• WordNet 3.6
    • n raggedness shabbiness by virtue of being in rags
    • n raggedness a texture of a surface or edge that is not smooth but is irregular and uneven
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Century Dictionary and Cyclopedia
    • n raggedness The state or character of being ragged, in any sense.
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In literature:

Of all the beggar-men that I had seen or fancied, he was the chief for raggedness.
"Treasure Island" by Robert Louis Stevenson
I soon, however, saw too much; for all was raggedness, dirt, and disorder.
"Visit to Iceland and the Scandinavian North" by Ida Pfeiffer
Straight away, without heeding the raggedness of the orifice, she settles down in the cell which I have opened for her.
"The Mason-bees" by J. Henri Fabre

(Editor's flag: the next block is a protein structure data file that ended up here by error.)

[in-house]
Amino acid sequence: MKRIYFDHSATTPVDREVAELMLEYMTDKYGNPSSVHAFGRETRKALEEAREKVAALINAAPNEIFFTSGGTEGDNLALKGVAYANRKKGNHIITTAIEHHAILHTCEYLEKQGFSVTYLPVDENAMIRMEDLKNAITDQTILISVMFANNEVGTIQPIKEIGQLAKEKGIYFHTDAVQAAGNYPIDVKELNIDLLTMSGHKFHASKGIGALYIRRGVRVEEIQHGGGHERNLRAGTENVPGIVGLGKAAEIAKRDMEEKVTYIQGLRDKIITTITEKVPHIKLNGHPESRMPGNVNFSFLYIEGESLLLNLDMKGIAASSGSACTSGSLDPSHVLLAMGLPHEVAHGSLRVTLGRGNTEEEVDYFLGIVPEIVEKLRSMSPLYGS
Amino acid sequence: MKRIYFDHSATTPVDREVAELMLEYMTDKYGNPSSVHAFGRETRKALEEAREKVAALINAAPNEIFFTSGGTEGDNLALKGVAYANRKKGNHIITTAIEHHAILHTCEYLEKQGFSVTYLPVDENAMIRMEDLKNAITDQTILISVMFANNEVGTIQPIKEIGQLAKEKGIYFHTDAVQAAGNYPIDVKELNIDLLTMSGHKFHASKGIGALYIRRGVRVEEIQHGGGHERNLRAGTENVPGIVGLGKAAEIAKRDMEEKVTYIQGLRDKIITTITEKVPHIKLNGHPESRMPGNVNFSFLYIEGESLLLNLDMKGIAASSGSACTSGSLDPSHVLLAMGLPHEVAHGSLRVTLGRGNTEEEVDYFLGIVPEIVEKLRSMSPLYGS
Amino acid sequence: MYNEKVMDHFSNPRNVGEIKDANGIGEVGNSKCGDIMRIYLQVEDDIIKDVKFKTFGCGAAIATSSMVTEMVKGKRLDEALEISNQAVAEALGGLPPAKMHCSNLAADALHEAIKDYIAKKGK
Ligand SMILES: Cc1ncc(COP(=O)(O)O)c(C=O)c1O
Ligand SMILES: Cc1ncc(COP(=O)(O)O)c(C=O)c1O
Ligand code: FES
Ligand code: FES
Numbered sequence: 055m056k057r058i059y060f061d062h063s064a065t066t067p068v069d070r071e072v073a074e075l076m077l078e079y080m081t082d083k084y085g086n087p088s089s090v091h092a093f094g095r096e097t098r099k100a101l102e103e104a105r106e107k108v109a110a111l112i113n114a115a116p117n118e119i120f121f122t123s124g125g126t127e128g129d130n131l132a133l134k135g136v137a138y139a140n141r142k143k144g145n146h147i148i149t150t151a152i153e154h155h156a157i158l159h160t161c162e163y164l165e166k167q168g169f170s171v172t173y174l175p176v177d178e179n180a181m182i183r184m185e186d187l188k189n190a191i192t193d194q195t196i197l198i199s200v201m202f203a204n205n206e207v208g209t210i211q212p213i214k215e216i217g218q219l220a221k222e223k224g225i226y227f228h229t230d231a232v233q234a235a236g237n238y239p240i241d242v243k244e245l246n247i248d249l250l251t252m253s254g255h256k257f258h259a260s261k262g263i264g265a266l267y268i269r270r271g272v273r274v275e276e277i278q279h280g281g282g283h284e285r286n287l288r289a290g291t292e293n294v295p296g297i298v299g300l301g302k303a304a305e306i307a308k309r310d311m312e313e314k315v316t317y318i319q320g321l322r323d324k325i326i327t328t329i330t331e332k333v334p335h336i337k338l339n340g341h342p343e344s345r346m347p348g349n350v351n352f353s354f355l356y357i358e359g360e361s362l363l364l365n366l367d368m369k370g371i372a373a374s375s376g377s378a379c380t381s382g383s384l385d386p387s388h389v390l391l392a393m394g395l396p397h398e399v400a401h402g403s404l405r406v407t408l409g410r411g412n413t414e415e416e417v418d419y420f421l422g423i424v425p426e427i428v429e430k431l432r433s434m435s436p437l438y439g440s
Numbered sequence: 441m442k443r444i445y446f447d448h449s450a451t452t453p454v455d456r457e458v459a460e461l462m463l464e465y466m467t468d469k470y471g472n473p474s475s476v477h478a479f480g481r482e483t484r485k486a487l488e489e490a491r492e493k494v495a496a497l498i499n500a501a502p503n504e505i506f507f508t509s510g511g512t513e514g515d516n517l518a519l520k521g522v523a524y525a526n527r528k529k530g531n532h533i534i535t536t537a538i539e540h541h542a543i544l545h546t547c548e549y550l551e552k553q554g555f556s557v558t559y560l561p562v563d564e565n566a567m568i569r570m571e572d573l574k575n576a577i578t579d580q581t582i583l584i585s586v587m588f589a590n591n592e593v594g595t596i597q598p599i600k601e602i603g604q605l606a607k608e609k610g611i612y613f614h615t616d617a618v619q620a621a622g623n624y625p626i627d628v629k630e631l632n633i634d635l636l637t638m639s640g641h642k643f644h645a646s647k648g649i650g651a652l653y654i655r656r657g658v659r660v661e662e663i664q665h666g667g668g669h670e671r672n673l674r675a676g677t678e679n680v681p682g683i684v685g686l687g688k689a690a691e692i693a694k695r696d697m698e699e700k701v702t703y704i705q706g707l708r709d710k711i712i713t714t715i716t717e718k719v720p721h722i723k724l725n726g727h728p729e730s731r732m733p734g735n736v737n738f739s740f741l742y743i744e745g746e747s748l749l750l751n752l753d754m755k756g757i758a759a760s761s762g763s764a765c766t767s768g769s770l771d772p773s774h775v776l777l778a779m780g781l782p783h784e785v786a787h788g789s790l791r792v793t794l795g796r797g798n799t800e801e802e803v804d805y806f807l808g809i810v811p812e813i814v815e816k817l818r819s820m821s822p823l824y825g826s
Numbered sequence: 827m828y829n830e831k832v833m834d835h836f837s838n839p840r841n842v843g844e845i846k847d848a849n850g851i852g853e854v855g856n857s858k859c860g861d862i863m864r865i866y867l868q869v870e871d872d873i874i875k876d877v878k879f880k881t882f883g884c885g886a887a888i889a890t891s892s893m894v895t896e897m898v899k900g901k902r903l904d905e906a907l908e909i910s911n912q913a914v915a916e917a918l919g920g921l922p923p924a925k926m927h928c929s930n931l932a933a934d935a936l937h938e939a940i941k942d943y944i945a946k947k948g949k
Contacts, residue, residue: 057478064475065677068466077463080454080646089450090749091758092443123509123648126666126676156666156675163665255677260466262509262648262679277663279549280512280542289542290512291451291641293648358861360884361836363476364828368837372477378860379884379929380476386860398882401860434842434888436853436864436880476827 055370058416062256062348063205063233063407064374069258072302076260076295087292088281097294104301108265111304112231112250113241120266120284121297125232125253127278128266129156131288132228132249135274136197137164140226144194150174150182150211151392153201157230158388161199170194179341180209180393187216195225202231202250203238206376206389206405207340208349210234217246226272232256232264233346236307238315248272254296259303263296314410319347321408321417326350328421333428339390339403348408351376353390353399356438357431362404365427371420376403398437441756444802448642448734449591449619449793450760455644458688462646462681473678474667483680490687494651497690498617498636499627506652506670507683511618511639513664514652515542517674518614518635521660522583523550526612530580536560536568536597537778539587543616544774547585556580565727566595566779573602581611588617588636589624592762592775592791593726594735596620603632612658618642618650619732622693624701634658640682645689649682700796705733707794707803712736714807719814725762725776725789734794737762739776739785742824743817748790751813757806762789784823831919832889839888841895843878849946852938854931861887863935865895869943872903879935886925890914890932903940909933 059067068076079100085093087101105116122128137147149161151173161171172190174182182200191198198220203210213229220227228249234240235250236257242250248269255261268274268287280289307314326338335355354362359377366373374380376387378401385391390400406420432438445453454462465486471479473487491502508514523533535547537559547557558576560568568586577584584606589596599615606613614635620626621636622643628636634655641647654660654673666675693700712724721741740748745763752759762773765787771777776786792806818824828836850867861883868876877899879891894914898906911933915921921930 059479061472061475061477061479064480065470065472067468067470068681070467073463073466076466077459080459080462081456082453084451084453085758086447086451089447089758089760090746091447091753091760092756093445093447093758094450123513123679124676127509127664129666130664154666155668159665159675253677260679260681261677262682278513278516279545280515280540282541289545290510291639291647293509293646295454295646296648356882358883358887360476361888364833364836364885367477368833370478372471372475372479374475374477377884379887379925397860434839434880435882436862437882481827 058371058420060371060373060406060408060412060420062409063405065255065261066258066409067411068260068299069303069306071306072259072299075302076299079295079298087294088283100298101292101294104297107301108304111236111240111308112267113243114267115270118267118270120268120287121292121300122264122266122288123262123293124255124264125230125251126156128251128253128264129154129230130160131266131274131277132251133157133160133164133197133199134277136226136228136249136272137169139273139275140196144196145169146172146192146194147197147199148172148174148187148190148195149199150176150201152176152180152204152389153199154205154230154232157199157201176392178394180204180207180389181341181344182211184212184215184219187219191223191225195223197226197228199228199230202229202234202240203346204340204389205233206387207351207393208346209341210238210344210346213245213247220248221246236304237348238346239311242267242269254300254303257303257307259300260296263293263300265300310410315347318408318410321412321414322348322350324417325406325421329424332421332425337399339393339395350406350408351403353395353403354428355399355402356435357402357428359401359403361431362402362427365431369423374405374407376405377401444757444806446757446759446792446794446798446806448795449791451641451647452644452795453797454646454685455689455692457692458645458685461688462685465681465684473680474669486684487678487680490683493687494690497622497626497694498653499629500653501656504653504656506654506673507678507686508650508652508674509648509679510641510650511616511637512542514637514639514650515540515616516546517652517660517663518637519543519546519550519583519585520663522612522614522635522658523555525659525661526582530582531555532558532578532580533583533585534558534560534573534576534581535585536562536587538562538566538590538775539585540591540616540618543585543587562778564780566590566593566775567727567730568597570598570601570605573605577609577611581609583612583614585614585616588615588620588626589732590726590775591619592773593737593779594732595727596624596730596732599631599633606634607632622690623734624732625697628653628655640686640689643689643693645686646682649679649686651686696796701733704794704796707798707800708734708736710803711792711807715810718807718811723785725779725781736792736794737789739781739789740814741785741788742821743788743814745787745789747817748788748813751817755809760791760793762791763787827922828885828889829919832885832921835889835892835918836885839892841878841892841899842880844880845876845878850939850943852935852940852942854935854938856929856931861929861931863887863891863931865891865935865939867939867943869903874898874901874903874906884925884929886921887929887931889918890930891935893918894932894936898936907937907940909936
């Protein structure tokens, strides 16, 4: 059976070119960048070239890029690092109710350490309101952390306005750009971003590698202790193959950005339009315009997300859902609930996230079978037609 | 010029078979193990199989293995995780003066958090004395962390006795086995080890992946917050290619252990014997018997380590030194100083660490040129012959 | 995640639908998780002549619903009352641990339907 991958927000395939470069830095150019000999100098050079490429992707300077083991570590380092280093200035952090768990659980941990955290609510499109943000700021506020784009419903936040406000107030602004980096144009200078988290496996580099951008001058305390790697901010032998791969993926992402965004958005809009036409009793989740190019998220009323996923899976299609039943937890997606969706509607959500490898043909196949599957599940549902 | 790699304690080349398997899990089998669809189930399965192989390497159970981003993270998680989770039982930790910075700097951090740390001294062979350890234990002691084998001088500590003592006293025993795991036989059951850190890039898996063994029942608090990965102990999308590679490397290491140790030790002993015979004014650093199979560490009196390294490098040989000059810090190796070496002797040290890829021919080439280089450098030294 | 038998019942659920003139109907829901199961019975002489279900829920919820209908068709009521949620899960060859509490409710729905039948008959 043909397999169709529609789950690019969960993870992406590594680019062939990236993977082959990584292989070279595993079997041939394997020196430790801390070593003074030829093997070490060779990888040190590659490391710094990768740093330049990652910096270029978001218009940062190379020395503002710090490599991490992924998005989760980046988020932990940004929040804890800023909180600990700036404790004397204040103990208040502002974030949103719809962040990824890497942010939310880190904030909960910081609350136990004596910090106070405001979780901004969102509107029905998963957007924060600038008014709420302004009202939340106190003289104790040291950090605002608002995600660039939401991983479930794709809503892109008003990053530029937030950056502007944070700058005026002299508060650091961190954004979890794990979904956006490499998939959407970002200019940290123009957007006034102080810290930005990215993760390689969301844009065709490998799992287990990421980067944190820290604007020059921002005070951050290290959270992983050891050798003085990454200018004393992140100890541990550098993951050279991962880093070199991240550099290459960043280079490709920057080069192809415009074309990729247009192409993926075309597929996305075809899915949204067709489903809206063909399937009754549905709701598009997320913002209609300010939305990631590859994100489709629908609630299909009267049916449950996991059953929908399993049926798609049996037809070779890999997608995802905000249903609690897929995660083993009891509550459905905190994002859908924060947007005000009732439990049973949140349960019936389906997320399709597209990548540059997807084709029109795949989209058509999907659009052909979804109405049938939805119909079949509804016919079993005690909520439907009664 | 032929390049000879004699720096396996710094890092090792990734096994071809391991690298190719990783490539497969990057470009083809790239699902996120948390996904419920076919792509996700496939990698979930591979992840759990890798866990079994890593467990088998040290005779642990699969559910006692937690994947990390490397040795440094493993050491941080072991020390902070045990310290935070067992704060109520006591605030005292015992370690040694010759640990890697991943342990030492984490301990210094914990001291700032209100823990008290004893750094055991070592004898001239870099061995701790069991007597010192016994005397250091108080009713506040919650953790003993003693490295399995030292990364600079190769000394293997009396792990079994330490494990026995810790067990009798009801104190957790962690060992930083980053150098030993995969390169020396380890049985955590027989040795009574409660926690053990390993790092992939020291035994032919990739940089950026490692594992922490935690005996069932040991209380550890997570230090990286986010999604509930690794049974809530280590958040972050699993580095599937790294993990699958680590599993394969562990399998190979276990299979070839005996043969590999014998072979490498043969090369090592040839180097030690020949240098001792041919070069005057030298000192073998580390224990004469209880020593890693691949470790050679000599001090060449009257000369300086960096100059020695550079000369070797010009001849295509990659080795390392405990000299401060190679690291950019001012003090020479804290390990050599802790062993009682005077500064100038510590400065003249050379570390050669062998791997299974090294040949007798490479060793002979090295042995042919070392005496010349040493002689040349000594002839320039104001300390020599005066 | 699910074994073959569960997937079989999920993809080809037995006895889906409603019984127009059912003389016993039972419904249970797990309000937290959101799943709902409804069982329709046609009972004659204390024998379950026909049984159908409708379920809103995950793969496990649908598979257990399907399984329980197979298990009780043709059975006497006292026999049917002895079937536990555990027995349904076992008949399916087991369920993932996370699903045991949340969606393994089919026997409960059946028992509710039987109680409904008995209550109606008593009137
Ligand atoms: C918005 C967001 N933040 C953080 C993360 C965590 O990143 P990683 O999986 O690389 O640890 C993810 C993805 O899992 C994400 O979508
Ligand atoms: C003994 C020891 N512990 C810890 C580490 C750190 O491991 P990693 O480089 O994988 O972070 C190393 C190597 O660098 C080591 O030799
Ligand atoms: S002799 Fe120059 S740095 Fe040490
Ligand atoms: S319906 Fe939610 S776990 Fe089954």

It was a little Bible, worn and frayed at the edges, pathetic in its raggedness.
"God's Country--And the Woman" by James Oliver Curwood
It was a pity only to look upon the raggedness of his soldiers.
"History of the United Netherlands, 1584-86, Vol. I. (of IV) Complete" by John Lothrop Motley
This extreme raggedness of outline is easily explained.
"At Last" by Charles Kingsley
I was getting raggeder and raggeder every day.
"Vandemark's Folly" by Herbert Quick
I was, for the moment, ashamed to show myself to "the perfesser," because of the raggedness that I had fallen into.
"Tramping on Life" by Harry Kemp
A raggedness, a poverty, a shiftlessness, characterized external Washington.
"Children of the Market Place" by Edgar Lee Masters
Sometimes Bunny and I are raggeder than you.
"Bunny Brown and His Sister Sue in the Big Woods" by Laura Lee Hope

In science:

The raggedness of the boundaries of the shaded regions reflects the finite sample size.
Dark Matter Candidates in Supersymmetric Models